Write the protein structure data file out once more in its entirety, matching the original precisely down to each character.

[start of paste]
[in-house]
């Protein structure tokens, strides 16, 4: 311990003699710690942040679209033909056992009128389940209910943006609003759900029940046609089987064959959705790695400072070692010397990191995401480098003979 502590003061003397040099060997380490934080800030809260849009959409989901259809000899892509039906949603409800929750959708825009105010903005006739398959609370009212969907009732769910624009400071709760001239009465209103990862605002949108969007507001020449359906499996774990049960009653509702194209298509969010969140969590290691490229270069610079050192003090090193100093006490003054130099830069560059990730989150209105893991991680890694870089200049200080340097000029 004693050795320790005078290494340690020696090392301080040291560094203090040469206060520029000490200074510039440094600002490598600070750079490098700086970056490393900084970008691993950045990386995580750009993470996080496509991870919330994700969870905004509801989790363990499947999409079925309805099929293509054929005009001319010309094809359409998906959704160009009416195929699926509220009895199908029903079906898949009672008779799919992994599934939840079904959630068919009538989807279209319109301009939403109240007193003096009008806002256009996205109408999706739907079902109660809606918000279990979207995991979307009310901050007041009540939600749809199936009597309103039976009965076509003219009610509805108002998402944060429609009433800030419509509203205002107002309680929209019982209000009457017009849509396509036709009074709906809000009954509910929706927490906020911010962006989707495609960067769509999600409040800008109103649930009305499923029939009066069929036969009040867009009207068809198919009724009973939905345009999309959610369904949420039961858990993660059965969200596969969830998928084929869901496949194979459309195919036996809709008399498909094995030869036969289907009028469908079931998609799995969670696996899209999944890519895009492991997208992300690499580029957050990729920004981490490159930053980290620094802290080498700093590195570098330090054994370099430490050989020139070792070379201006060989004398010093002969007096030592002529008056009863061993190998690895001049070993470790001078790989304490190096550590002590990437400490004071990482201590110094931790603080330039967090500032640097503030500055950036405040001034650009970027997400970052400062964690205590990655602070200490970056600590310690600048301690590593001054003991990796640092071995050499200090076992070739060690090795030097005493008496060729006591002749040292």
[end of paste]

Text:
[in-house]
């Protein structure tokens, strides 16, 4: 311990003699710690942040679209033909056992009128389940209910943006609003759900029940046609089987064959959705790695400072070692010397990191995401480098003979 502590003061003397040099060997380490934080800030809260849009959409989901259809000899892509039906949603409800929750959708825009105010903005006739398959609370009212969907009732769910624009400071709760001239009465209103990862605002949108969007507001020449359906499996774990049960009653509702194209298509969010969140969590290691490229270069610079050192003090090193100093006490003054130099830069560059990730989150209105893991991680890694870089200049200080340097000029 004693050795320790005078290494340690020696090392301080040291560094203090040469206060520029000490200074510039440094600002490598600070750079490098700086970056490393900084970008691993950045990386995580750009993470996080496509991870919330994700969870905004509801989790363990499947999409079925309805099929293509054929005009001319010309094809359409998906959704160009009416195929699926509220009895199908029903079906898949009672008779799919992994599934939840079904959630068919009538989807279209319109301009939403109240007193003096009008806002256009996205109408999706739907079902109660809606918000279990979207995991979307009310901050007041009540939600749809199936009597309103039976009965076509003219009610509805108002998402944060429609009433800030419509509203205002107002309680929209019982209000009457017009849509396509036709009074709906809000009954509910929706927490906020911010962006989707495609960067769509999600409040800008109103649930009305499923029939009066069929036969009040867009009207068809198919009724009973939905345009999309959610369904949420039961858990993660059965969200596969969830998928084929869901496949194979459309195919036996809709008399498909094995030869036969289907009028469908079931998609799995969670696996899209999944890519895009492991997208992300690499580029957050990729920004981490490159930053980290620094802290080498700093590195570098330090054994370099430490050989020139070792070379201006060989004398010093002969007096030592002529008056009863061993190998690895001049070993470790001078790989304490190096550590002590990437400490004071990482201590110094931790603080330039967090500032640097503030500055950036405040001034650009970027997400970052400062964690205590990655602070200490970056600590310690600048301690590593001054003991990796640092071995050499200090076992070739060690090795030097005493008496060729006591002749040292």